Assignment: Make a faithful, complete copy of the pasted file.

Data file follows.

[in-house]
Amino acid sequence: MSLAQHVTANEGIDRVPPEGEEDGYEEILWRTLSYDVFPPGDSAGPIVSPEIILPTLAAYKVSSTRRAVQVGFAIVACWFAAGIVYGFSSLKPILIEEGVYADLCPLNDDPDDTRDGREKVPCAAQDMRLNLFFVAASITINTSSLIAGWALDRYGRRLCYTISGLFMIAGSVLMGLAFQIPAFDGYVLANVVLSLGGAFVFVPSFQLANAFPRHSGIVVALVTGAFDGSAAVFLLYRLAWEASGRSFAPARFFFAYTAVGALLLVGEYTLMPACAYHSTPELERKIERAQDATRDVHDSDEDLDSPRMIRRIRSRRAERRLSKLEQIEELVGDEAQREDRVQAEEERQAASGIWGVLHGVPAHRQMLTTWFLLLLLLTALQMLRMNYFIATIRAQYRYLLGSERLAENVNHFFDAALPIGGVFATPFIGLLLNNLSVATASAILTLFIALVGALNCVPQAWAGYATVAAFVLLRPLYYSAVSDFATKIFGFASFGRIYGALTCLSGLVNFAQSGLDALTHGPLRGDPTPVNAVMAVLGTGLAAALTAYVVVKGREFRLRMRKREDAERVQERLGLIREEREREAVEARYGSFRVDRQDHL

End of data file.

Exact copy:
[in-house]
Amino acid sequence: MSLAQHVTANEGIDRVPPEGEEDGYEEILWRTLSYDVFPPGDSAGPIVSPEIILPTLAAYKVSSTRRAVQVGFAIVACWFAAGIVYGFSSLKPILIEEGVYADLCPLNDDPDDTRDGREKVPCAAQDMRLNLFFVAASITINTSSLIAGWALDRYGRRLCYTISGLFMIAGSVLMGLAFQIPAFDGYVLANVVLSLGGAFVFVPSFQLANAFPRHSGIVVALVTGAFDGSAAVFLLYRLAWEASGRSFAPARFFFAYTAVGALLLVGEYTLMPACAYHSTPELERKIERAQDATRDVHDSDEDLDSPRMIRRIRSRRAERRLSKLEQIEELVGDEAQREDRVQAEEERQAASGIWGVLHGVPAHRQMLTTWFLLLLLLTALQMLRMNYFIATIRAQYRYLLGSERLAENVNHFFDAALPIGGVFATPFIGLLLNNLSVATASAILTLFIALVGALNCVPQAWAGYATVAAFVLLRPLYYSAVSDFATKIFGFASFGRIYGALTCLSGLVNFAQSGLDALTHGPLRGDPTPVNAVMAVLGTGLAAALTAYVVVKGREFRLRMRKREDAERVQERLGLIREEREREAVEARYGSFRVDRQDHL